Sinigang is a traditional sour stew from the Philippines and is known for its tangy tamarind based broth.
What’s sinigang in English?
Sinigang in Tagalog means “stewed dish” in English.
Sinigang na Baboy (Filipino Pork Sinigang Soup w/ Vegetables)
Tamarind paste (makes ¾ c)
- 12 tamarind pods (4-6 seeds per pod)
- 1 c hot water
- 1 ½ tbsp lime juice plus more if you prefer
- 1 lb pork spare ribs
- 1 lb pork belly cut into ½ inch cubes
- 1 tbsp vegetable oil
- 1 medium yellow onion chopped
- 10 cloves garlic minced
- 5 small tomatoes (roma sized) quartered
- 8 c filtered water
- 2 2/3 tbsp salt and more as needed
- 1 tbsp fish sauce
- 1 small eggplant cut into ½" pieces
- 7 pieces okra cut into ½" pieces
- 4 inches daikon radish cut in ¼" slices, then cut into half rounds
- 7 string beans cut into 3" pieces
- 30 stems kang kong / water spinach / on choy
- ½ tsp pepper to taste
- lime juice optional for more sourness
- 1 finger chile pepper optional for spiciness
- Rinse the tamarind pods under running water and peel the shells off along with any veins. You should be left with the soft pulp of the tamarind. Put the tamarind in a bowl and repeat until all pods are peeled.
- Pour the hot filtered water into the bowl of tamarind, making sure all the tamarind is covered. The water should be around 200 °F. Let the tamarind sit in the hot water for about 30 minutes or until it’s cool to the touch.
- Use your hands to massage out the fibers and seeds of the tamarind. The water should begin to turn brown and thicken from the tamarind. You can stop once all the seeds have popped out of the flesh.
- Pour the tamarind water over a strainer into a bowl and push the excess pulp through the strainer.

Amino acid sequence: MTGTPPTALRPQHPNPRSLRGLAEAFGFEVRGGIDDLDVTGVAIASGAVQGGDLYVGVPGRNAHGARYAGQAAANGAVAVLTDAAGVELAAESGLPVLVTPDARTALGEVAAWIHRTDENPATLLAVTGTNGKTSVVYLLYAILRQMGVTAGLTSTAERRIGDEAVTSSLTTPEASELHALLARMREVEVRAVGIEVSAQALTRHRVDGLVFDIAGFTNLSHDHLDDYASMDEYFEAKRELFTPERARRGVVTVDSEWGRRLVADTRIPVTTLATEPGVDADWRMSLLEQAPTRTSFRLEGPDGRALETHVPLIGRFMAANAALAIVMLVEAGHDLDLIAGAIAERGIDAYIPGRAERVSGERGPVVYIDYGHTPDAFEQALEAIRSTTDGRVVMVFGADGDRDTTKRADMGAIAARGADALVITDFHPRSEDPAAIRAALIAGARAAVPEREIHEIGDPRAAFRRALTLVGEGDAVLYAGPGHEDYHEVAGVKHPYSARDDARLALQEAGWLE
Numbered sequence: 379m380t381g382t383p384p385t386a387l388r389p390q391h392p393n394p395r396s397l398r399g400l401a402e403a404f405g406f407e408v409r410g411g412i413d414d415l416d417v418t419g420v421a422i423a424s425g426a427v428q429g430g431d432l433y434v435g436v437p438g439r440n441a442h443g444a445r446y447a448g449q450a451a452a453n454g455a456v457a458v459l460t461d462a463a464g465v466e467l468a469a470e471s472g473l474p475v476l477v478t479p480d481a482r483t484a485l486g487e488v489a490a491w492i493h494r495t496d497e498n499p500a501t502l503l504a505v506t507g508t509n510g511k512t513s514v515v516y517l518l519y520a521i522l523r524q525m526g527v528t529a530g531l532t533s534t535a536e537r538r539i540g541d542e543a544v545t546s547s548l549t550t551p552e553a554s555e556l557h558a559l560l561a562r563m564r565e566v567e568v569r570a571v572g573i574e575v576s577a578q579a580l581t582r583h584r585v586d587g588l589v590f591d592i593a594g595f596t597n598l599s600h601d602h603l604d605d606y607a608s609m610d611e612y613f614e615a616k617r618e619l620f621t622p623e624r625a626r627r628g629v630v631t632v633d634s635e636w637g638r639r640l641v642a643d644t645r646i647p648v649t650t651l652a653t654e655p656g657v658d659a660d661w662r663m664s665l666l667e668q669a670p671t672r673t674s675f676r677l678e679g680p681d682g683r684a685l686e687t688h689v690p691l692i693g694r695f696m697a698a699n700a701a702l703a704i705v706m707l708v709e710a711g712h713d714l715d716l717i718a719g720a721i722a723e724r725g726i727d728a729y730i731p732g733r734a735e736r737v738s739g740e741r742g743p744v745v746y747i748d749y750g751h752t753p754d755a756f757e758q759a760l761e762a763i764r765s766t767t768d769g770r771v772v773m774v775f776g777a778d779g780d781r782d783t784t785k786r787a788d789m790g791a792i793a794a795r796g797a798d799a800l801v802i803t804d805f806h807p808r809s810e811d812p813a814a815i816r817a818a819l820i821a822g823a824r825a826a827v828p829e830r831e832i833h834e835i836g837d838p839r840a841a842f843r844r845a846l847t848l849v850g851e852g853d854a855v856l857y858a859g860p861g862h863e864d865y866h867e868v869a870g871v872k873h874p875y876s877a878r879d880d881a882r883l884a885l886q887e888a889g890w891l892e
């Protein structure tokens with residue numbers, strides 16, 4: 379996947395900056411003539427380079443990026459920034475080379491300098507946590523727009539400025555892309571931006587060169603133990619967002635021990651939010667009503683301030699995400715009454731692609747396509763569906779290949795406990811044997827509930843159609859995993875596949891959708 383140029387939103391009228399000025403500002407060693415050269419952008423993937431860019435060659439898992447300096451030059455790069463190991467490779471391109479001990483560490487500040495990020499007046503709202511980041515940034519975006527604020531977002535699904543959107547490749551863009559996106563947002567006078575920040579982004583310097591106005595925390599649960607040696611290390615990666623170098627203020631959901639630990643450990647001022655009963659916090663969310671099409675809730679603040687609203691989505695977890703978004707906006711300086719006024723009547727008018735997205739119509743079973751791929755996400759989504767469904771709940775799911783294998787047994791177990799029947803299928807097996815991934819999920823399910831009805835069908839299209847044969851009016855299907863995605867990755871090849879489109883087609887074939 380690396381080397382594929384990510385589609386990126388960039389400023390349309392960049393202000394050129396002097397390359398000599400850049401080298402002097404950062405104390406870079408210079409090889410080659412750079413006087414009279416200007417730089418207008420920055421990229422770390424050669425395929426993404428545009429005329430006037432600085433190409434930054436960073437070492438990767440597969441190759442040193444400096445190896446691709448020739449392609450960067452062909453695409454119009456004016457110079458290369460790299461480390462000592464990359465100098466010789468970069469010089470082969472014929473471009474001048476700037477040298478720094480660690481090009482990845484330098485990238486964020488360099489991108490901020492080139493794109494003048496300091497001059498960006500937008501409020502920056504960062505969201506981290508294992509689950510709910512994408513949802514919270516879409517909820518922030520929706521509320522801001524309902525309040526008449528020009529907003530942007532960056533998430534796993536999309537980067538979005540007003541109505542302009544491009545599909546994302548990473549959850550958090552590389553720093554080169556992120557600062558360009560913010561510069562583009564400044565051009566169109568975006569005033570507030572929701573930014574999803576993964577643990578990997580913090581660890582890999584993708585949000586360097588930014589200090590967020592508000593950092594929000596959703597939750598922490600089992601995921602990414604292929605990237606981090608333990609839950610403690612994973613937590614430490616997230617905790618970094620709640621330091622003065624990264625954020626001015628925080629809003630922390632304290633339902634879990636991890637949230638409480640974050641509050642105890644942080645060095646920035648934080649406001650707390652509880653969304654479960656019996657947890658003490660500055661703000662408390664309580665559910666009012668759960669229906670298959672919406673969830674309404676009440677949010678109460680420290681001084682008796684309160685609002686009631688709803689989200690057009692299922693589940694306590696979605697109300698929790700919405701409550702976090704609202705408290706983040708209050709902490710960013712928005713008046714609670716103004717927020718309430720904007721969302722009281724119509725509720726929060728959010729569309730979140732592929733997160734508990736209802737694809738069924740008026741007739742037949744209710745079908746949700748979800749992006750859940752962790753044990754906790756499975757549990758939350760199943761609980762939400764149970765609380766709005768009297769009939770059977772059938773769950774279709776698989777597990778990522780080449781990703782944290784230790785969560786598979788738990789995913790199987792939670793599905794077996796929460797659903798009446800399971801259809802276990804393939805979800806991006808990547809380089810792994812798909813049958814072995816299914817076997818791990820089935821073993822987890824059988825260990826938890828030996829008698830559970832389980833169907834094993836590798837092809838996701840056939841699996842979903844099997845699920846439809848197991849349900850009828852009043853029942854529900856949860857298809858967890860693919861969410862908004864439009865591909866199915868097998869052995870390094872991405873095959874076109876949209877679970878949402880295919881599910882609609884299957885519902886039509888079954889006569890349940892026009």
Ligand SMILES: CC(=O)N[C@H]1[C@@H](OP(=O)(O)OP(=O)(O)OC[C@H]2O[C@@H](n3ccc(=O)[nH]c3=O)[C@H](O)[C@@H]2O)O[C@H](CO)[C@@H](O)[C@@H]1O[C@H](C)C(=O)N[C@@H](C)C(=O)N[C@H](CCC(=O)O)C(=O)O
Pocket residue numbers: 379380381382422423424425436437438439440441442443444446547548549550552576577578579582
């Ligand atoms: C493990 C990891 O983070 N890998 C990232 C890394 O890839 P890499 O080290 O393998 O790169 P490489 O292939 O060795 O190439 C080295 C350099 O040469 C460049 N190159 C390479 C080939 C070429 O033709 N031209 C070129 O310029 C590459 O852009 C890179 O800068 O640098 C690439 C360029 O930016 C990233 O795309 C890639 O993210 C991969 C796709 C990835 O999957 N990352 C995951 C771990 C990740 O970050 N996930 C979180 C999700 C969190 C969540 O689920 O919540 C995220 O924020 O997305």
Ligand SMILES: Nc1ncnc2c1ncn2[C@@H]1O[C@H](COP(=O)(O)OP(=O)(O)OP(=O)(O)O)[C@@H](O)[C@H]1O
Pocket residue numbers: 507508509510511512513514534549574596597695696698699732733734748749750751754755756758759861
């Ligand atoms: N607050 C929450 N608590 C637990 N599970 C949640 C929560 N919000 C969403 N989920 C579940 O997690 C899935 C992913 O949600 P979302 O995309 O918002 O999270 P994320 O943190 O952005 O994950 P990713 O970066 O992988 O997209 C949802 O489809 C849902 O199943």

- Pour the tamarind liquid into a small saucepan over medium heat and add lime juice. Bring the liquid to a boil and bring down the heat to a simmer. Continue to simmer for 5 minutes or until the liquid has turned into a paste. You should be able to make a line down the middle of the pan with your spoon or spatula and the paste will stay put.
- Remove from the heat and rest until adding to the sinigang.
- Pat the pork dry with a paper towel to improve browning during searing.
- In a large pot over medium heat, add the vegetable oil and begin to sear your meat in batches until all the sides have a nice golden brown crust. This should be about 2-5 minutes per batch. Try to not crowd the meat while searing. Transfer the meat onto a clean plate.
- In the same pot, add the onions and saute for about one minute or until the onions are slightly translucent. Add the garlic and saute for 30 seconds or until it’s fragrant.
- Add 2 cups of filtered water to deglaze the pot thoroughly. Gently scrape the golden brown parts from the searing meat at the bottom of the pan.
- Add the meat back to the pot with only 4 tomatoes (reserve the 5th one for later). Add 2 tablespoons of salt and stir to dissolve.
- Add 6 cups of water or enough so the meat is completely submerged. Bring the heat up to medium-high heat, once the liquid hits a boil let it boil for about 30 seconds.
- Drop the heat to a simmer (about medium-low heat) and simmer for about 45 minutes to 1 hour or until the meat is tender to your liking.
- Add the tamarind paste, pepper, and fish sauce to the pot and stir.
- Add the last tomato, eggplant, okra, string beans, and daikon radish into the pot and stir. Simmer for 5-8 minutes or until vegetables are tender, then add kang kong and cook for an additional one minute.
- Taste the soup and adjust with salt, pepper, or lime juice based on your preference. Serve immediately with a side of rice.